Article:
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Senior Investigator

Daniel Samuel Pine, M.D.

Emotion and Development Branch
Building 1 Room B310-0135
1 Center Drive MSC0135
Bethesda MD 20895-0135
Office: (301) 594-1318

Dr. Pine received his B.A. in anthropology from Grinnell College in 1985 and his M.D. from the University of Chicago Pritzker School of Medicine in 1990. He completed an internship in pediatrics, a residency in general psychiatry, and fellowships in both child psychiatry and child psychiatry research at the College of Physicians and Surgeons of Columbia University and the New York State Psychiatric Institute. Dr. Pine held both junior and senior faculty positions at Columbia, where he studied epidemiology, psychobiology, and therapeutics of childhood mood and anxiety disorders, working with David Shaffer, Patricia Cohen, as well as Donald and Rachel Klein. In 2000, he moved to the Mood and Anxiety Disorders Program within the NIMH as Chief of the Section on Development and Affective Neuroscience. Dr. Pine received a NARSAD Independent Investigator Award, a NIMH Career Development Award and the Blanche Ittelson Award from the American Psychiatric Association. His laboratory investigates the neural and psychological correlates of pediatric mood and anxiety disorders.

The Section on Development and Affective Neuroscience examines the relationships among brain development, emotion regulation, and risk for mood and anxiety disorders in children and adolescents. The broad goal of research conducted within the section is to define the manner in which developmental changes in brain function relate to normal changes in emotion regulation during development and to mood or anxiety disorders manifest in children and adolescents. To accomplish this goal, the section emphasizes application of fMRI to questions on emotional development, performing fMRI studies using various traditional paradigms from cognitive and affective neuroscience. However, fMRI provides only one tool used to define the manner in which changes in brain systems relate to development and to manifestations of mood and anxiety disroders across the lifespan. Other projects will use behavioral measures of emotion regulation, genetically-informative research designs, and treatment strategies. This will include studies examining changes in brain structure and function during treatment for a mood or anxiety disorder. Overall, the planned studies will answer questions in children and adolescents on neural correlates of developmental changes in emotional regulation, risk or symptom patterns in mood and anxiety disorders, as well as the effects of treatments for mood and anxiety disorders on the developing brain.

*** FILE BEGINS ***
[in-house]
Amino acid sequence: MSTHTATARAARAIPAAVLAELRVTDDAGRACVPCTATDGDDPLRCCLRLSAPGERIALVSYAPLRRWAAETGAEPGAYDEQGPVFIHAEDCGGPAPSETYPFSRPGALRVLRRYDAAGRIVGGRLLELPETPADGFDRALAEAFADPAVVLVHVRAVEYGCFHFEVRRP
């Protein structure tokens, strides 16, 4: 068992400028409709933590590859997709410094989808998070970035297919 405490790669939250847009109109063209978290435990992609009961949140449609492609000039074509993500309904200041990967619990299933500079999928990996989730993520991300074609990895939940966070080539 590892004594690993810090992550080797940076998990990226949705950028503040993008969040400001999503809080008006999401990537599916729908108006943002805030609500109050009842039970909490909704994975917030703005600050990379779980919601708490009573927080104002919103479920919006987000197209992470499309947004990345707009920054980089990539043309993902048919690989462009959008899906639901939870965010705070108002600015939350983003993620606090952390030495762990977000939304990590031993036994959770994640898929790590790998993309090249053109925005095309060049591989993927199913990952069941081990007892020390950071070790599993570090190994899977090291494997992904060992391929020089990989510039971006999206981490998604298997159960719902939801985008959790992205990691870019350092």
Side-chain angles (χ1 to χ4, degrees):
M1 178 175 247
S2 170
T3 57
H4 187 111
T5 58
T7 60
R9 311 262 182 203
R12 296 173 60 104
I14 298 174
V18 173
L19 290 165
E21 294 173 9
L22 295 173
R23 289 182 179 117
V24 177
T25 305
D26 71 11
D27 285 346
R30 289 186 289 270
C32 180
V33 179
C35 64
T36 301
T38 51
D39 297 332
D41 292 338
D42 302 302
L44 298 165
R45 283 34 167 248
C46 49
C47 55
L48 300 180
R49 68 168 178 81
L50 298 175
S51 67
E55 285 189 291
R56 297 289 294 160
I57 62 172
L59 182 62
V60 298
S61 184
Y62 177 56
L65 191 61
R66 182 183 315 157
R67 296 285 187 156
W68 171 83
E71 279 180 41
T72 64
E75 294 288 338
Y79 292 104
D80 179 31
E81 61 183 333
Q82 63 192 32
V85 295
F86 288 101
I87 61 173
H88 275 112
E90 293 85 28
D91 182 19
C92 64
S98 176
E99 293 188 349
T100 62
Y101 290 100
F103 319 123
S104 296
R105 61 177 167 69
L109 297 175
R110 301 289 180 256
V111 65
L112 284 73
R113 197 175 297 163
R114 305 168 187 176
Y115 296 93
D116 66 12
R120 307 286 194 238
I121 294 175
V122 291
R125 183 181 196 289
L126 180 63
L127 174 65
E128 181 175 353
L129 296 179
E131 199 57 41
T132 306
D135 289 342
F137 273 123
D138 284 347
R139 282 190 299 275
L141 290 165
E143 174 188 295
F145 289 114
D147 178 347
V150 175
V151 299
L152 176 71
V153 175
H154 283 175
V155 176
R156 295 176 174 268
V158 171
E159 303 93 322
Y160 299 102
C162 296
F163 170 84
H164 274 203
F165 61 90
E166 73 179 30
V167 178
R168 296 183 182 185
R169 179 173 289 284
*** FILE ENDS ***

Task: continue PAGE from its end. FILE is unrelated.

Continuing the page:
Clinical Protocol

  • Fluoxetine's effects on vigilance and emotional memory in anxious and depressed youth ( 01-M-0192 )

  • Adolescence, Puberty, and Emotion Regulation: An fMRI Study ( 01-M-0152 )

Staff Image
  • Monique Ernst, M.D., Ph.D.
    Staff Clinician